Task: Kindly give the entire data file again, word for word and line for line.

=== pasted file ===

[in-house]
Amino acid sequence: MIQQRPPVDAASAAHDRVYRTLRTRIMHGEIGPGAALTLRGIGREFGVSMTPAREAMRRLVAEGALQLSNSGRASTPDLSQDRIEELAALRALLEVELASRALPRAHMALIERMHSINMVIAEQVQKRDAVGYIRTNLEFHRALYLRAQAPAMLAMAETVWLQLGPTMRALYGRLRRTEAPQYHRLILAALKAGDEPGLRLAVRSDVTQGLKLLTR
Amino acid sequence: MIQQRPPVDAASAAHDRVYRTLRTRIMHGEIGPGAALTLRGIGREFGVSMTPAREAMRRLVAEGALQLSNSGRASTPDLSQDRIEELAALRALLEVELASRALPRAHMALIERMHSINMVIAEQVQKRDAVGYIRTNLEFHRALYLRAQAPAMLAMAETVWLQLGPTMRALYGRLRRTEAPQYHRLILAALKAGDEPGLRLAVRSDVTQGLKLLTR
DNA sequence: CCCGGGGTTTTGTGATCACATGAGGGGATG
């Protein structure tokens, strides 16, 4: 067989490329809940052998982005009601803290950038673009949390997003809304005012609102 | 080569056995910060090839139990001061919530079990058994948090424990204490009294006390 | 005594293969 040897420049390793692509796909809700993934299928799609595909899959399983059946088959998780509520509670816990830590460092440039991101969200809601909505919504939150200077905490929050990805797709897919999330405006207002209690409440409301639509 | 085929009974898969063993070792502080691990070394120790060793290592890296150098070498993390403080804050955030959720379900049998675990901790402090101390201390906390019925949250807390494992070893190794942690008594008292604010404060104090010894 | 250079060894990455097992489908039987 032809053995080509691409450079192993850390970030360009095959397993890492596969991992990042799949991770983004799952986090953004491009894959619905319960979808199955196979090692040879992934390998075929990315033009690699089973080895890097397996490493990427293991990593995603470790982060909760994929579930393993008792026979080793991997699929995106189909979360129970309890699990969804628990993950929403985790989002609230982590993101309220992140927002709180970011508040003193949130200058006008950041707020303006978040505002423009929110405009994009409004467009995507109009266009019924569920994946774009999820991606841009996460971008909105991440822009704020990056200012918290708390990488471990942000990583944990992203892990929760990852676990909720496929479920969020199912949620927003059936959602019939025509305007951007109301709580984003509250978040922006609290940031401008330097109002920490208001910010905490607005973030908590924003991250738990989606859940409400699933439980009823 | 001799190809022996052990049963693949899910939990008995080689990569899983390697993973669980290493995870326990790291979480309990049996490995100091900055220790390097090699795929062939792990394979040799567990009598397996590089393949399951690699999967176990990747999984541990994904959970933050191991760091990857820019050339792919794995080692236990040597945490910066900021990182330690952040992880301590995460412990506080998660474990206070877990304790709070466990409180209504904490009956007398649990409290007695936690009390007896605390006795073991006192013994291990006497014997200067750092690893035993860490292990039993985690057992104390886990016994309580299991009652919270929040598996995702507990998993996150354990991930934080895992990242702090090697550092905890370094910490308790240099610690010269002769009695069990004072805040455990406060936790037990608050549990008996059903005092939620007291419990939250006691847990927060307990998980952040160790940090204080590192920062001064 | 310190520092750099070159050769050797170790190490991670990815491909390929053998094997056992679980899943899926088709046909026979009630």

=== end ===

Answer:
[in-house]
Amino acid sequence: MIQQRPPVDAASAAHDRVYRTLRTRIMHGEIGPGAALTLRGIGREFGVSMTPAREAMRRLVAEGALQLSNSGRASTPDLSQDRIEELAALRALLEVELASRALPRAHMALIERMHSINMVIAEQVQKRDAVGYIRTNLEFHRALYLRAQAPAMLAMAETVWLQLGPTMRALYGRLRRTEAPQYHRLILAALKAGDEPGLRLAVRSDVTQGLKLLTR
Amino acid sequence: MIQQRPPVDAASAAHDRVYRTLRTRIMHGEIGPGAALTLRGIGREFGVSMTPAREAMRRLVAEGALQLSNSGRASTPDLSQDRIEELAALRALLEVELASRALPRAHMALIERMHSINMVIAEQVQKRDAVGYIRTNLEFHRALYLRAQAPAMLAMAETVWLQLGPTMRALYGRLRRTEAPQYHRLILAALKAGDEPGLRLAVRSDVTQGLKLLTR
DNA sequence: CCCGGGGTTTTGTGATCACATGAGGGGATG
């Protein structure tokens, strides 16, 4: 067989490329809940052998982005009601803290950038673009949390997003809304005012609102 | 080569056995910060090839139990001061919530079990058994948090424990204490009294006390 | 005594293969 040897420049390793692509796909809700993934299928799609595909899959399983059946088959998780509520509670816990830590460092440039991101969200809601909505919504939150200077905490929050990805797709897919999330405006207002209690409440409301639509 | 085929009974898969063993070792502080691990070394120790060793290592890296150098070498993390403080804050955030959720379900049998675990901790402090101390201390906390019925949250807390494992070893190794942690008594008292604010404060104090010894 | 250079060894990455097992489908039987 032809053995080509691409450079192993850390970030360009095959397993890492596969991992990042799949991770983004799952986090953004491009894959619905319960979808199955196979090692040879992934390998075929990315033009690699089973080895890097397996490493990427293991990593995603470790982060909760994929579930393993008792026979080793991997699929995106189909979360129970309890699990969804628990993950929403985790989002609230982590993101309220992140927002709180970011508040003193949130200058006008950041707020303006978040505002423009929110405009994009409004467009995507109009266009019924569920994946774009999820991606841009996460971008909105991440822009704020990056200012918290708390990488471990942000990583944990992203892990929760990852676990909720496929479920969020199912949620927003059936959602019939025509305007951007109301709580984003509250978040922006609290940031401008330097109002920490208001910010905490607005973030908590924003991250738990989606859940409400699933439980009823 | 001799190809022996052990049963693949899910939990008995080689990569899983390697993973669980290493995870326990790291979480309990049996490995100091900055220790390097090699795929062939792990394979040799567990009598397996590089393949399951690699999967176990990747999984541990994904959970933050191991760091990857820019050339792919794995080692236990040597945490910066900021990182330690952040992880301590995460412990506080998660474990206070877990304790709070466990409180209504904490009956007398649990409290007695936690009390007896605390006795073991006192013994291990006497014997200067750092690893035993860490292990039993985690057992104390886990016994309580299991009652919270929040598996995702507990998993996150354990991930934080895992990242702090090697550092905890370094910490308790240099610690010269002769009695069990004072805040455990406060936790037990608050549990008996059903005092939620007291419990939250006691847990927060307990998980952040160790940090204080590192920062001064 | 310190520092750099070159050769050797170790190490991670990815491909390929053998094997056992679980899943899926088709046909026979009630």